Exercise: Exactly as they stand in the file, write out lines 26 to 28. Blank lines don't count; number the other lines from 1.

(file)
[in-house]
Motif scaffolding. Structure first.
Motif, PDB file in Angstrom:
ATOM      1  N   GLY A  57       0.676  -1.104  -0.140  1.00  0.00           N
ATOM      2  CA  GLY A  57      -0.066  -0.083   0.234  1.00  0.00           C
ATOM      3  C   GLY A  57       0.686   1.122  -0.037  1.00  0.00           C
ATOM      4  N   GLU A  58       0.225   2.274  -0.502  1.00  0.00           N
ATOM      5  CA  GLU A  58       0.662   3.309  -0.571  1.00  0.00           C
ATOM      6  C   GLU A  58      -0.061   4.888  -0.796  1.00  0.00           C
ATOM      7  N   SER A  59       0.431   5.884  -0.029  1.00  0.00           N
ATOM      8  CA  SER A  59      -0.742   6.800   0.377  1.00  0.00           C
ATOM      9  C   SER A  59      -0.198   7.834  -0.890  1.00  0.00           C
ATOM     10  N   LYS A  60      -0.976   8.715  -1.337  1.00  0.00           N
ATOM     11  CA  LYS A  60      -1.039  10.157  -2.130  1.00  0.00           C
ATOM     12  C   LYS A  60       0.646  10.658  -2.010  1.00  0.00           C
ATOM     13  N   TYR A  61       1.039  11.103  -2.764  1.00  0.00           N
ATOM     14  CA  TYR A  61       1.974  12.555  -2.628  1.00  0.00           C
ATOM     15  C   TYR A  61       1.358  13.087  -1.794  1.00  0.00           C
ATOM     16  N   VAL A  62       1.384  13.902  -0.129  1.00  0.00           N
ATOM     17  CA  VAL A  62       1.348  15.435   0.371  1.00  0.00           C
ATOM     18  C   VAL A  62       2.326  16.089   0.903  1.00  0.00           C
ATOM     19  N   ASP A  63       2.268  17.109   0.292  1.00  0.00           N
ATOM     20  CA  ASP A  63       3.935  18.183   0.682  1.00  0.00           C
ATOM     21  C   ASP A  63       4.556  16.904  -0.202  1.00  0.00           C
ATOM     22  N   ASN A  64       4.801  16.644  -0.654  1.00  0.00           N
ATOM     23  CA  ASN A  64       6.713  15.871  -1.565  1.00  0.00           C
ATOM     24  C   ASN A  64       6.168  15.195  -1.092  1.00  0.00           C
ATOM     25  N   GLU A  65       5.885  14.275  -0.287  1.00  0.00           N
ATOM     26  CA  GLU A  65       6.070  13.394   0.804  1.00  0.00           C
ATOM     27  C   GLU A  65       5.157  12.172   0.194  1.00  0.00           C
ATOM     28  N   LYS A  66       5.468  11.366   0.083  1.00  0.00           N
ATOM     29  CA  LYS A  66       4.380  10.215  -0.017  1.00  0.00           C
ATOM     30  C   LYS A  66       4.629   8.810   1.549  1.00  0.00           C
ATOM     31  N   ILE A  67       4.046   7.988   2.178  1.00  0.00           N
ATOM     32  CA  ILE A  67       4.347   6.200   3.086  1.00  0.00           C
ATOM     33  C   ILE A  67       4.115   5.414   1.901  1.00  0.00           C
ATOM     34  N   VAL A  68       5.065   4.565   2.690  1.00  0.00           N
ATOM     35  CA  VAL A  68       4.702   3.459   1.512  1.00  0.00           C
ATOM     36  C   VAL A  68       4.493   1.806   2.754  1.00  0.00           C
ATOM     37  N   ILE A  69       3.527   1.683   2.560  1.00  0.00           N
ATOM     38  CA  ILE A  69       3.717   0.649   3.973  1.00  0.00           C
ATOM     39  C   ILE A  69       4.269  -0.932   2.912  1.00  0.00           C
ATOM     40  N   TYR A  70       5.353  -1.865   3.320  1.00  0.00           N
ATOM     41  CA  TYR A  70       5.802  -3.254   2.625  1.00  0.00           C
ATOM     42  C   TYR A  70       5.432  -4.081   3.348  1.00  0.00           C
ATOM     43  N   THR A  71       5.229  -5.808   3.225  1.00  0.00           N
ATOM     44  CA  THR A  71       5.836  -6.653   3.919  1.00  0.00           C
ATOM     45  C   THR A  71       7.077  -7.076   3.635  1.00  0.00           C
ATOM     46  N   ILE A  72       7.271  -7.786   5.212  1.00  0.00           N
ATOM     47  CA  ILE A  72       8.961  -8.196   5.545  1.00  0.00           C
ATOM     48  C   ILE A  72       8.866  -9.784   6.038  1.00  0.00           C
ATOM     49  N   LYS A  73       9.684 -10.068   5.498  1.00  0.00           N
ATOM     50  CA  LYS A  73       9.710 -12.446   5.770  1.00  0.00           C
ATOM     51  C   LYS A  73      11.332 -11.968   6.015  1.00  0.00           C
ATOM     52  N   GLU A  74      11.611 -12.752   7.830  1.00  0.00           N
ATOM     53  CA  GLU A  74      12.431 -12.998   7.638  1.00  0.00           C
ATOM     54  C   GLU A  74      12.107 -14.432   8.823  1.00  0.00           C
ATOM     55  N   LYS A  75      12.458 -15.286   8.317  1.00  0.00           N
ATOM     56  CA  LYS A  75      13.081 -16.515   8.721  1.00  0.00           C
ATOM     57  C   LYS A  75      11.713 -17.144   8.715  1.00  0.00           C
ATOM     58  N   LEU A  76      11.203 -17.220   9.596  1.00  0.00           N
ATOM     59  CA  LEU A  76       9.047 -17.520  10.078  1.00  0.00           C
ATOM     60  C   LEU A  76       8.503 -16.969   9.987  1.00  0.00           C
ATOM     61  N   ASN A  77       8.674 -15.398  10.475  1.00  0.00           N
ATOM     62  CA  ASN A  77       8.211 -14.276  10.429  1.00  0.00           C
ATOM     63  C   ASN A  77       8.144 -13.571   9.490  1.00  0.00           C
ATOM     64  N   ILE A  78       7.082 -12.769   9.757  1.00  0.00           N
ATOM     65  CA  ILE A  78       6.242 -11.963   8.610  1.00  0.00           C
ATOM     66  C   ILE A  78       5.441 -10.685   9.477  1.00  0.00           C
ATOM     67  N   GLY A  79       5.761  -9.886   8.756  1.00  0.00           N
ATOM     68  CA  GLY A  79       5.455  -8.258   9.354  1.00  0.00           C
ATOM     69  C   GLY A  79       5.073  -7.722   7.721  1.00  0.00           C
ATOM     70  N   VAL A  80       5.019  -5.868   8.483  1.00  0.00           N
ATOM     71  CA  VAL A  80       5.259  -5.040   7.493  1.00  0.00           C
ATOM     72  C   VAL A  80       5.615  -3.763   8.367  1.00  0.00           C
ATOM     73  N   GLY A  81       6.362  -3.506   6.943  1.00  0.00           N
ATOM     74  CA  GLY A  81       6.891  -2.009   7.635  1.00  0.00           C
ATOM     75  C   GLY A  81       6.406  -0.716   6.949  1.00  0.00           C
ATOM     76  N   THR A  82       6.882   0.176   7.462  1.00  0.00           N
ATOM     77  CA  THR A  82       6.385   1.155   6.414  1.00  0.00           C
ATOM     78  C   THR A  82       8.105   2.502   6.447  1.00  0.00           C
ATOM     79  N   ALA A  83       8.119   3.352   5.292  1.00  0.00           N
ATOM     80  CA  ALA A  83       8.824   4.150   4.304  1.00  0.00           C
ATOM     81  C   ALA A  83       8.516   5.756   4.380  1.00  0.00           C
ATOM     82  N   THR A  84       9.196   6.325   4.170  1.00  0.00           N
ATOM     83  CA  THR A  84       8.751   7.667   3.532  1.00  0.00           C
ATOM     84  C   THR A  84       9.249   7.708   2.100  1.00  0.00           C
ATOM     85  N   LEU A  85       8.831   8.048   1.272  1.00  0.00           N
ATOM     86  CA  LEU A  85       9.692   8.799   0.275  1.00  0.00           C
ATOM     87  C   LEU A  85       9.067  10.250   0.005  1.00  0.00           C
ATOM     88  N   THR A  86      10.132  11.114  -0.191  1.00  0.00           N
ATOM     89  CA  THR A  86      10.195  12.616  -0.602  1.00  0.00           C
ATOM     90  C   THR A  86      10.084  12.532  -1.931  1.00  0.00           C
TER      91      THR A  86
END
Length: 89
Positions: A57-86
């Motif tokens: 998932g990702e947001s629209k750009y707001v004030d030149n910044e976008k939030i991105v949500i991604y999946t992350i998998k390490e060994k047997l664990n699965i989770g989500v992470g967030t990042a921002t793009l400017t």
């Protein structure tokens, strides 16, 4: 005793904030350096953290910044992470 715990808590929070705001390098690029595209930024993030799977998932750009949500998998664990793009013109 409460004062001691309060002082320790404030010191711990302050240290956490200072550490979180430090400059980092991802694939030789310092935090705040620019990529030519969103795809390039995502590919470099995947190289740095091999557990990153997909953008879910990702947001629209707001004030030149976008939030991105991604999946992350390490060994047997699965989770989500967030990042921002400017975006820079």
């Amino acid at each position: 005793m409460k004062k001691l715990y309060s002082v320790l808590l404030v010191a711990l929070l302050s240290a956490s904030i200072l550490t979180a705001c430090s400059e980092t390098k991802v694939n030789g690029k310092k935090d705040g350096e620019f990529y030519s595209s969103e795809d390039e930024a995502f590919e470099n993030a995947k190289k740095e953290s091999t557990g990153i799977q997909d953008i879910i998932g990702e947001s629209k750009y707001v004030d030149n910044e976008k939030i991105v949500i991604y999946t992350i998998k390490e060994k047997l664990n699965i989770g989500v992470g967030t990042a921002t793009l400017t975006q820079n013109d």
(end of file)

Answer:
ATOM     23  CA  ASN A  64       6.713  15.871  -1.565  1.00  0.00           C
ATOM     24  C   ASN A  64       6.168  15.195  -1.092  1.00  0.00           C
ATOM     25  N   GLU A  65       5.885  14.275  -0.287  1.00  0.00           N